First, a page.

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Tuesday, October 09, 2012

Should government capitalise public sector banks?

by Harsh Vardhan.

What would you say if someone was borrowing money at 8% and investing it to earn around 3%? "Uninformed!", "financially illiterate!" or even outright "foolish"! And yet this is what our government has been doing with trillions of rupees over the last many years and has committed to continue to do so in the future. The process by which this is done is called capitalisation of public sector (PS) banks. Such capitalization is not only a bad idea economically as it puts enormous stress on the government resources, but also one which affects that behavior of banks and hence the robustness of the whole banking sector.

Commercial banks need capital to grow. Capital adequacy requirements ask all banks to keep a minimum amount of shareholder capital in proportion to their balance sheet size. Currently, in India this requirement is 9% of "risk weighted assets" of banks. Roughly, it means that banks are expected to have equity capital which is 9% of their commercial loans.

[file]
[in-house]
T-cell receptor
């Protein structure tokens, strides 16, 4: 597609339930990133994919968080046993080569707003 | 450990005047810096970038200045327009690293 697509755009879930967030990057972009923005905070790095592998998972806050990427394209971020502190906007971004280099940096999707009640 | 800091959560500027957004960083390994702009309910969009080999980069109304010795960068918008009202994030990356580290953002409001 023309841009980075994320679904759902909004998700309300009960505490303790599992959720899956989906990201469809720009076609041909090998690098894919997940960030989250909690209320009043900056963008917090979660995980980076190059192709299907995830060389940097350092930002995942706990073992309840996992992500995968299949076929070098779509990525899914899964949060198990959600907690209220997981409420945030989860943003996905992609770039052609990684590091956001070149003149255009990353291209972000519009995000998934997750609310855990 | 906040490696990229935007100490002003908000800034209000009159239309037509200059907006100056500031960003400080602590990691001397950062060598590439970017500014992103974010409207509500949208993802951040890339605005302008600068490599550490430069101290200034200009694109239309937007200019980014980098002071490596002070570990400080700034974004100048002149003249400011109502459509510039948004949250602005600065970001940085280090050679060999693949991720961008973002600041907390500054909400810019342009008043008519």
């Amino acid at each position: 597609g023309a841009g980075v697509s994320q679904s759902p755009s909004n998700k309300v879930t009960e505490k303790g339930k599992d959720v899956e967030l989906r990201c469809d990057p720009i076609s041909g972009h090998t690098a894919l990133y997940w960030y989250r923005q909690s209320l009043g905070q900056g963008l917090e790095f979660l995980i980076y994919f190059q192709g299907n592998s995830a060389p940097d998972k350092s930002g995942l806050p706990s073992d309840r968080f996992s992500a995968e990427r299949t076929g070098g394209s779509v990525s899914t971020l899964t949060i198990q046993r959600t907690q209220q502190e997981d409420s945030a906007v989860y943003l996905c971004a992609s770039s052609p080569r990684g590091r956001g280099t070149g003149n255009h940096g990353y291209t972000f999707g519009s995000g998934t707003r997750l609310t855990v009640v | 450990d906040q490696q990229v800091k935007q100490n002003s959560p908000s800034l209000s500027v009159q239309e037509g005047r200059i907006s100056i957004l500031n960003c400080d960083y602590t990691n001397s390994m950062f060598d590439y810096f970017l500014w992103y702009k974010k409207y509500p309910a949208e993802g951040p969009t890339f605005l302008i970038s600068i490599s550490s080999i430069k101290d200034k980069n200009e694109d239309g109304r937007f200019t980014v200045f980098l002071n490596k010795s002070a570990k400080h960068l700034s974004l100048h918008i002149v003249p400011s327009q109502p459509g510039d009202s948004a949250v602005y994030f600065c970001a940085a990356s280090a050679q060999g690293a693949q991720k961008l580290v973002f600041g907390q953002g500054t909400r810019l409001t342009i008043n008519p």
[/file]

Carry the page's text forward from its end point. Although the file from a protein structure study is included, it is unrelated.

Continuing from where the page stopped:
As banks grow their business, their risk weighted assets also grow. This means that banks has to increase their capital base in line with the growth of their loan book. Such increase in capital can come from exactly two sources - retained profits that are added to the capital base, or fresh infusion of capital from shareholders (old or new). In India, given the overall profitability of the banks (~1.1% return on assets) and the amount of dividend that they pay (~20%) of post-tax profits, banks do not have enough retained profits to support their business growth. Therefore, every now and then, they go to shareholders to raise fresh capital.